Shellfishing has been banned in the Narrow River for more than two decades because of high bacteria levels, but the Narrow River Preservation Association is hoping dogs can help.
The organization has been testing the water for bacteria for more than 25 years; but this year, the group started participating in a canine detection program based in Maine to identify human sources of bacterial contamination, such as sewage.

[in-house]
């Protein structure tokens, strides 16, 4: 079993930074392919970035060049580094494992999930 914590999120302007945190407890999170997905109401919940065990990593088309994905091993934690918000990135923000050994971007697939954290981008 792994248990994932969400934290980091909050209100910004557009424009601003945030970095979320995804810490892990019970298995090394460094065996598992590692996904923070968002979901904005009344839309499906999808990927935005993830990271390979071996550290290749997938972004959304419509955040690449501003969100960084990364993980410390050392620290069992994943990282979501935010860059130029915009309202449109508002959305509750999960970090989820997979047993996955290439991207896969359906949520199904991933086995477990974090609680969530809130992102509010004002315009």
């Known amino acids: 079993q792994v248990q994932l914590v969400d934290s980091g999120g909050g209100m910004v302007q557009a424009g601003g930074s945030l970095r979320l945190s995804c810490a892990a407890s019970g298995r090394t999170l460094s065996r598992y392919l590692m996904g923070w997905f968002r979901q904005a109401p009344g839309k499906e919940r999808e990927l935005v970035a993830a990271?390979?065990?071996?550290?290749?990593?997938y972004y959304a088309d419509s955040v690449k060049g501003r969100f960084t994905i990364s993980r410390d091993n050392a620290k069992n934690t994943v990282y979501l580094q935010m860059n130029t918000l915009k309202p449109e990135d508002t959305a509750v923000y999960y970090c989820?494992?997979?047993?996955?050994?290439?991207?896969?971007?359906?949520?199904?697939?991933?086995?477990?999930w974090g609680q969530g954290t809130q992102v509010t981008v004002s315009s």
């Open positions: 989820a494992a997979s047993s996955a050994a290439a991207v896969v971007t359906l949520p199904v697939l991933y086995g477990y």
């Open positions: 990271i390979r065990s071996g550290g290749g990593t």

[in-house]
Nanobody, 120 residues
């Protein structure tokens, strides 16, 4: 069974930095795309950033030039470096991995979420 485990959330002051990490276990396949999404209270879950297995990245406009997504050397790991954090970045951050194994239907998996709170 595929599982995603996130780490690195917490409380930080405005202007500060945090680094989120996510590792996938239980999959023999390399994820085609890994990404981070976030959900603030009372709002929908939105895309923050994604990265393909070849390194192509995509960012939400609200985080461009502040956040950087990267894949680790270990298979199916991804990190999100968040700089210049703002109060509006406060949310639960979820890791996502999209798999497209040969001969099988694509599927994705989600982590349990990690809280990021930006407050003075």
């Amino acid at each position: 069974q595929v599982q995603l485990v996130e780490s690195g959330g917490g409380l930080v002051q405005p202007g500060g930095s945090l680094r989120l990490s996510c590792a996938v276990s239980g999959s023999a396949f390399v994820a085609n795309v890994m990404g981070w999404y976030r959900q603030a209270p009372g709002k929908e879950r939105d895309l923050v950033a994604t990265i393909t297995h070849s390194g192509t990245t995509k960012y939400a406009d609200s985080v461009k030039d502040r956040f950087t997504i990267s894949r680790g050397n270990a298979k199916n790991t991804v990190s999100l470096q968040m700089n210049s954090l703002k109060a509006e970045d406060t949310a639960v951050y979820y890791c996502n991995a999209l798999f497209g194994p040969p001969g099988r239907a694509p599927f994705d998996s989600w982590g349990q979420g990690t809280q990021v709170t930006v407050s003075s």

The association said finding human sources will help state environment officials control it and stop it from happening. They added alternative methods of distinguishing human bacteria from animal waste are more expensive.
In May, scientists from the association and the Rhode Island Department of Environmental Management sent 14 samples from areas of concern in the river to Environmental Canine Services.
Their dogs identified two of those samples as human.
Scientists and handlers brought dogs out Wednesday afternoon to sniff around the Narrow River to locate the sources of that contamination.
Their findings will be made public in the coming weeks.